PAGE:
The One Problem

We have lot of smart people in the software industry.  We have great ideas and we innovate at a rate faster than many others. We know how to solve a complex problem and if only our prospective customers can see the brilliance of what we are offering, they can save so much money, effort and compete effectively.

Wrong.

And this is the problem afflicting many in our industry. We don’t know jack about what problems our target customers are trying to solve. We have untested theories and we build products based on these theories. We don’t talk about these products till they are ready to be launched because we are afraid our competitors will steal our stellar ideas.

We think what we are doing is special and cutting edge that prospects will not appreciate rough mockups and we should show them fully baked products. We have theories on how incompetent the IT guys are at our target market. We think our main problem is that these guys are not smart, so we should try to sell to their bosses. We have this idea of a CIO sitting idly at his desk waiting for us to pitch our brilliant ideas and he would join us in the cheerful dance at the end of the pitch. We think the sales people we hired do not get this simple fact and are stuck in selling to middle management and that’s why this wonderful product is not selling as much as expected it would.

When going gets tough, we raise yet another round of funding, so we can invest more into engineering, hire some famous engineers, infuse design thinking, hire heavy hitting sales people, get the buzz going, sign few more partners and throw parties at industry events.

So much waste, so much wasted energy, so many hopes being dashed. Could all this be avoided? Yes, there is one stupidly simple trick to avoiding this waste. Without much ado, I present to you a proven solution in few steps:

1. Talk to your target market customers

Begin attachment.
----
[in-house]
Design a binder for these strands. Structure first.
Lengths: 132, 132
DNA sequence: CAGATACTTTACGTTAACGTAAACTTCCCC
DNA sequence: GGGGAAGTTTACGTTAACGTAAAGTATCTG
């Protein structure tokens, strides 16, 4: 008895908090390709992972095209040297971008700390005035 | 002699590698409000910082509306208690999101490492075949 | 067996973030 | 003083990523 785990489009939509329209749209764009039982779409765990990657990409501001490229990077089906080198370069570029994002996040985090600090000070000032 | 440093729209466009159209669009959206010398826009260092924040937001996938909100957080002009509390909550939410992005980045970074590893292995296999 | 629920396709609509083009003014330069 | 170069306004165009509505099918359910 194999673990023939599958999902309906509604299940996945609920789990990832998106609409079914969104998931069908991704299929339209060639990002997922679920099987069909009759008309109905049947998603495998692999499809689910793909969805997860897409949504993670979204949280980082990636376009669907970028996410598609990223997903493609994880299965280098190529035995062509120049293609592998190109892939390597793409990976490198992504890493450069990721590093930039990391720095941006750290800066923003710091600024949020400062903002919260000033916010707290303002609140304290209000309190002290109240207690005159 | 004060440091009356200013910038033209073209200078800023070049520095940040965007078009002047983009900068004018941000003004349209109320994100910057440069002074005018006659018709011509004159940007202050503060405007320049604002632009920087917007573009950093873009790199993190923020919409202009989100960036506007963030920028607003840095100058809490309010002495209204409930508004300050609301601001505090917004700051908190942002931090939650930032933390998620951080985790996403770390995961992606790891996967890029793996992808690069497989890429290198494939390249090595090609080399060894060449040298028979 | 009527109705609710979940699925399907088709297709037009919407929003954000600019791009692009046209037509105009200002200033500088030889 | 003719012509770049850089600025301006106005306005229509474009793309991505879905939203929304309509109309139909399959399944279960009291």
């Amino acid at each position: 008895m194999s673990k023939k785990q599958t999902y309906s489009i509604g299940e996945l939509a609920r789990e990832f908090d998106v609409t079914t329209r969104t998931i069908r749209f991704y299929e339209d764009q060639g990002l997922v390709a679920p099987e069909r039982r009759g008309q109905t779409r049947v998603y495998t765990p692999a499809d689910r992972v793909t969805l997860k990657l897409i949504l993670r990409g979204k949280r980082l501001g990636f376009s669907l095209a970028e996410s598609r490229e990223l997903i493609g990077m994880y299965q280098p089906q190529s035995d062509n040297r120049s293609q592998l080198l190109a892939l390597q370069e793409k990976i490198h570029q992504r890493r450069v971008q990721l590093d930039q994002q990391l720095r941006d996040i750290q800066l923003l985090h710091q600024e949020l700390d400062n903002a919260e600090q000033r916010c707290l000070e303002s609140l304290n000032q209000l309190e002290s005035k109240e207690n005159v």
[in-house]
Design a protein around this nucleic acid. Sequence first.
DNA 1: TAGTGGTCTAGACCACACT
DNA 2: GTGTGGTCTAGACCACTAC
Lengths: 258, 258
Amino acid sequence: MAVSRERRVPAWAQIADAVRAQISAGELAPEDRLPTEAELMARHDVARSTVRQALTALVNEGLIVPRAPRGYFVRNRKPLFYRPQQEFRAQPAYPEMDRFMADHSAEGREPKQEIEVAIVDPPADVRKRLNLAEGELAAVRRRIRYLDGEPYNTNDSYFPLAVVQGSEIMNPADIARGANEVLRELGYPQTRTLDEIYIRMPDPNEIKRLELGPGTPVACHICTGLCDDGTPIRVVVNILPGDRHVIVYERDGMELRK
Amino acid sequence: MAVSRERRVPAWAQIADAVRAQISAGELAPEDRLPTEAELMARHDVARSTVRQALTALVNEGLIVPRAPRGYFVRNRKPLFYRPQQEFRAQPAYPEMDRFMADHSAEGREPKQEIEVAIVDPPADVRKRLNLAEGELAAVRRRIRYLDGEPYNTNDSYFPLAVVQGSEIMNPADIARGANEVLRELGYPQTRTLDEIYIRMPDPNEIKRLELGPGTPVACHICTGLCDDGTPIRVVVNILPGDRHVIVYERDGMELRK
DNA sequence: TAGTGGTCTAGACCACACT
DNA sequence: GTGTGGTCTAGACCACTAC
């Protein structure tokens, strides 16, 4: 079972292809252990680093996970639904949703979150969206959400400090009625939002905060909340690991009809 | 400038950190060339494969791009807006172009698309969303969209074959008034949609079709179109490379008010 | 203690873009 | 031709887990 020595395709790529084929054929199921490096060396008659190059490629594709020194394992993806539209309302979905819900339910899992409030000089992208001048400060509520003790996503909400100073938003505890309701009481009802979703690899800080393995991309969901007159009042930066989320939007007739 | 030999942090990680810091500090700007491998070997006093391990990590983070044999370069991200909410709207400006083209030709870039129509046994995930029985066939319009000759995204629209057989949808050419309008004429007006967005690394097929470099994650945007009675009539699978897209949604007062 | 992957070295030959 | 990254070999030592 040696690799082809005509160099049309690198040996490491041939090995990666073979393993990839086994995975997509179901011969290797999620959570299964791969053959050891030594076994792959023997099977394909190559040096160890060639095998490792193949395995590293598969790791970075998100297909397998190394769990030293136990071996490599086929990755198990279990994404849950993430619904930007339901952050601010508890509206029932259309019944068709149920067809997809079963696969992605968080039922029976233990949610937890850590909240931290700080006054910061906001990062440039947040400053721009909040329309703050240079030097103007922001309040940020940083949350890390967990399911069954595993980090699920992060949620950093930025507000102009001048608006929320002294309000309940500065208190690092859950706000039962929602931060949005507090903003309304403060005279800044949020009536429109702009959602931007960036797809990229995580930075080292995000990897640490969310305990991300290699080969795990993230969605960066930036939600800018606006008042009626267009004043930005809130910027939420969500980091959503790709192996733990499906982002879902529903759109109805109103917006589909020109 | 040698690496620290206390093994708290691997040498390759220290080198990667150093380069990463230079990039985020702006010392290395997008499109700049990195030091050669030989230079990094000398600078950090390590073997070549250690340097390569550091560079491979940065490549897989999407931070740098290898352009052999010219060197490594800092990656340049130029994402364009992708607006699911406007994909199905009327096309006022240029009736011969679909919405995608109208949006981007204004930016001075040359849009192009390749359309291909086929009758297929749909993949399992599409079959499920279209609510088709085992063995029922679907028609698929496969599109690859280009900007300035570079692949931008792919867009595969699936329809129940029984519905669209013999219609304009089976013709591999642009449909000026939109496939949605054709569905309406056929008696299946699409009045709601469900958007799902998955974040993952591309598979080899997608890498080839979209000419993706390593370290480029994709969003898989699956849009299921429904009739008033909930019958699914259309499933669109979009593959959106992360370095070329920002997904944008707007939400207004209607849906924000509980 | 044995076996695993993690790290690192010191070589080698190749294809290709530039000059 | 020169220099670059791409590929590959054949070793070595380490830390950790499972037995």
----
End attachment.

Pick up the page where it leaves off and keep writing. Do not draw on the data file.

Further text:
2. Show them rough mockups and ask what they think about them

3. Ask them if this problem is worth solving for them

4. Ask them what its worth to them

5. Ask if they would be willing to spend time testing your product when you have an alpha

6. Hang out with them, become friends with them, ask them for advice

And most importantly,

7. STFU and listen – listen, listen, listen – if you speak more than 30% in a conversation, you are boring the other person.  If you forget everything I said and just remember to STFU and listen, you have a fair shot at building a product that market wants.

None of this is new guys, but as the saying goes, common sense is not so common. This post would have met its goal if I can inspire at least one product manager to pick up the phone and call a customer next week.

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6 thoughts on “The One Problem

  1. 8. Make it affordable. If you are marketing to the Fortune 100 then go for it, they have money to waste (it seems that way at least, I’m guessing they don’t see it that way). If you are marketing to the rest of us and it costs more than $10K it is going to be a tough sell.

  2. I like this post. Have yo read “the lean startup”? This book covers these ideas in a thorough and very readable way.

    • Big fan of Steve Blank , Eric Ries and Alex Osterwalder (Sp?) – yes, definitely “Lean Startup”, “Startup Owners Manual” and “Business Model Generation” are the best sources for comprehensive overview.

      This post was just my observation looking at few folks who loved the sound of their voice so much they were shutting down the prospect/customer 🙂

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